Today, we have the conclusion of my three part series having a look at the Fuji GFX 100 in actual practice.
In my ramblings as a photographer over the last decade and a half, I've shot with almost every brand of commercial digital camera out there. However, most of my experience has been in the realm of common crop-sensor and full-frame cameras. I've always seen the more exotic offerings in medium format digital as beyond my reach and therefore, not worth thinking about.
This is part two of my three-part, unreasonably in-depth real world shooting review of the GFX 100 after having shot with it as my primary camera professionally for the last three months.
I have now been a proud owner of a Fuji GFX 100 medium format digital camera for three months now. So, was it all I hoped it would be?
To preface all of this, I shoot film 90% of the time (if not more). I firmly believe that my work is more meaningful because of it. I also believe that we all have our own thoughts/opinion and there is no universally observed benefit to shooting film.
Like them or not, medium format cameras are the truth when it comes to image quality. The latest 150 megapixel juggernaut from Phase One is another example of what these systems are capable of, but there's far more to this back than just sheer resolution. Ever shot long exposures at 1/125s?
Around this time last year Phase One released the IQ4 line of digital backs. The IQ4 expanded on the IQ3 and introduced a new Infinity Platform (the UI and operating system in the backs), as well as two brand new sensors: the 151 megapixel full frame medium format IQ4 150MP and 150MP Achromatic....
Despite heavily investing in new cameras over the last couple years, it is the still excellent Nikon D850, purchased two years ago, which has suddenly become brand new to me.
Having now had the Fujifilm GFX 100 camera for a couple months now, I thought I might share a couple of the ways I’ve found most efficient for me to use the system. Perhaps some of the following tips may help you with the GFX 100 or other Fujifilm systems as well.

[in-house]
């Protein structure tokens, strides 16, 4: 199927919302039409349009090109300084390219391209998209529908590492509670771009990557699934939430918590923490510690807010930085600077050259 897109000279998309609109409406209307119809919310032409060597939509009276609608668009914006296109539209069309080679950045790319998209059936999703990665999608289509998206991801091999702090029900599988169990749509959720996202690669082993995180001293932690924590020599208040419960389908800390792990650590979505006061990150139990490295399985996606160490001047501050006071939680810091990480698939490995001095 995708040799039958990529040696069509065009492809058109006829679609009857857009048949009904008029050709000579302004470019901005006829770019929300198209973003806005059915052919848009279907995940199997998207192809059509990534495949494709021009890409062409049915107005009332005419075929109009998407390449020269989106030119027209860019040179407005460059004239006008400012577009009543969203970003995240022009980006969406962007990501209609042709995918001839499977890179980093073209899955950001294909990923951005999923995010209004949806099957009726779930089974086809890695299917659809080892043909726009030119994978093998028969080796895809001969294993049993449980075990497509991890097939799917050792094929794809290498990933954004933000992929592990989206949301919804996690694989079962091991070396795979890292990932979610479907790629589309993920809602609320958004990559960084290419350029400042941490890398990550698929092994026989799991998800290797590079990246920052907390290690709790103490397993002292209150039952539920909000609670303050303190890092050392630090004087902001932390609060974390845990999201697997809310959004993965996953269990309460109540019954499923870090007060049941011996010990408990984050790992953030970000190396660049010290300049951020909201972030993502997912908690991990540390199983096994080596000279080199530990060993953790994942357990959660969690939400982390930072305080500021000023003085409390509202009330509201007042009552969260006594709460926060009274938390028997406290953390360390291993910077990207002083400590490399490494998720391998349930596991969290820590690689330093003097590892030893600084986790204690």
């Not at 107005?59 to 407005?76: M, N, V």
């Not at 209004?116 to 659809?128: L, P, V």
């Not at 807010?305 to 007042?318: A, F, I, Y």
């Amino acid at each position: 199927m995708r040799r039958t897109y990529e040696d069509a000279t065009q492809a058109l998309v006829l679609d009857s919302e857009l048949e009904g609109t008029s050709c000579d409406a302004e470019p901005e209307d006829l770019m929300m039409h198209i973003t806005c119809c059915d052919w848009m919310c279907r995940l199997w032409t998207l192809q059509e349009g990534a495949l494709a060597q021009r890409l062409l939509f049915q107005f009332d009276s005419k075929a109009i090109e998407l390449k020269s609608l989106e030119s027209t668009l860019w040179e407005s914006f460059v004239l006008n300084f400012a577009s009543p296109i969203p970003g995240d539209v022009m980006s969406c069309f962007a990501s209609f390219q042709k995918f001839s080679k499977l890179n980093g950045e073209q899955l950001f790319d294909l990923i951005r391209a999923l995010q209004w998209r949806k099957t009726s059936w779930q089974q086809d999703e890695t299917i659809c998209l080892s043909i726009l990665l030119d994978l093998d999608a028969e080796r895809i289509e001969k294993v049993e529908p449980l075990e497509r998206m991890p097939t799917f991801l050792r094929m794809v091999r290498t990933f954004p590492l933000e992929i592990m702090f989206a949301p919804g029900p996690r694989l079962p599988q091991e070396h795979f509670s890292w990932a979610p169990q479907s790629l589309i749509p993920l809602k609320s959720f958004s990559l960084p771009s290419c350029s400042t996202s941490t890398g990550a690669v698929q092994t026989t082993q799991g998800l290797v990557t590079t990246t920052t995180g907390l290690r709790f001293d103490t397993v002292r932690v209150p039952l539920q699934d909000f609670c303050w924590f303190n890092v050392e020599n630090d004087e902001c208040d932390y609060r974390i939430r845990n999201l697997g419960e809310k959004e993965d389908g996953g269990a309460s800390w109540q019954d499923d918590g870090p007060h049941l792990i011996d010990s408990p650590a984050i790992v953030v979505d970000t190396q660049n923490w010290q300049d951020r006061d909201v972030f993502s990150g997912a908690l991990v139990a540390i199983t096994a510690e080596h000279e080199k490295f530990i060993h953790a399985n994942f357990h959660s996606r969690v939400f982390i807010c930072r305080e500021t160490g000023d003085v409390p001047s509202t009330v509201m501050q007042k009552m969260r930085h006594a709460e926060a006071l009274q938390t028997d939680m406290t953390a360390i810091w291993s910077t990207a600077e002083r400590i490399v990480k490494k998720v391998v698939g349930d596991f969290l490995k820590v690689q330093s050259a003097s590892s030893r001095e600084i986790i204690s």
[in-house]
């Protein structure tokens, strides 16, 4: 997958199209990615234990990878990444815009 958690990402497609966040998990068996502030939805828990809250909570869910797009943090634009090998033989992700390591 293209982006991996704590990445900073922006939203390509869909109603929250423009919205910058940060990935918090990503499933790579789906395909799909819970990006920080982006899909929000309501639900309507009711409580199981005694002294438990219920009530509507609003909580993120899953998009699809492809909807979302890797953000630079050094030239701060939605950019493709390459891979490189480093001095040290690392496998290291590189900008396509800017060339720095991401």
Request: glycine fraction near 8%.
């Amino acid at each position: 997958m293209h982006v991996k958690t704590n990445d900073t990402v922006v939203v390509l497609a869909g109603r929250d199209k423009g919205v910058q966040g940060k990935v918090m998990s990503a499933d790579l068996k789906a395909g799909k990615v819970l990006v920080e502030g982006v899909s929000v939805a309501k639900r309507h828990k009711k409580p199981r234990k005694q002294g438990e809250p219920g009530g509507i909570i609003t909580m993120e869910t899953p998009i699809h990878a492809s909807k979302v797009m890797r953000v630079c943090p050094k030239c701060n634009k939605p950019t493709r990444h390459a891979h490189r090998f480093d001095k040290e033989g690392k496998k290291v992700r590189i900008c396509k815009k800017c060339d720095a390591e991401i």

Today, I’ll take you for an in-depth look at a new extensive project I shot with the Fujifilm GFX 100. It will be a longer essay meant to give you a hands on experience to help decide if the camera is right for you.
If you have a good understanding of how light works, you may find that an expensive studio stuffed full of high-end strobes and funky diffusers is far from important when it comes to creating striking images. In this short video, photographer Irene Rudnyk shows you how to produce something remarkable using little more than a shed.
Venus Optics (Laowa), a small Chinese lens manufacturer founded in 2013, has risen to prominence with their sometimes off-beat, always different, and always high quality lineup of lenses for all the major lens mounts. They have launched niche lenses like the 24mm f/14 probe macro and a series of their flagship close-to-zero-distortion Zero-D lenses. Today’s topic is the latest in that line and the widest lens available for the Fujifilm GFX system, the Laowa 17mm f/4 Zero-D.
With the release of the Fujifilm GFX 50R, the Hasselblad X1D II 50C, as well as a burgeoning used market, digital medium format has become more attainable than ever by professional photographers wanting to step up to the next level in image quality. However, the full frame market is firing back on all cylinders, producing cameras that claim to rival medium format, such as the Sony a7R IV. Many medium format users are quick to point out that there is a medium format look that these high-end full-frame cameras are lacking. So, what is the medium format look? Is it real? Why, yes. Yes, it is.
I've been watching Linus Tech Tips for about six years. I'm not even a massive tech geek, but I do use it to get the latest low-down on new processors or graphics cards. But mostly, I just really like their content, and the way it's presented by the man himself, Linus.
With the medium format market becoming increasingly more saturated and accessible to photographers, deciding which to get is no longer a funnel leading to one or two brands.
As a sort of part 2 to my last video, I'm taking the black and white film from that same shoot and jumping into the darkroom. It's been a while since I've ventured in, so I thought it would be fun to take you along with me while I kicked off the cobwebs.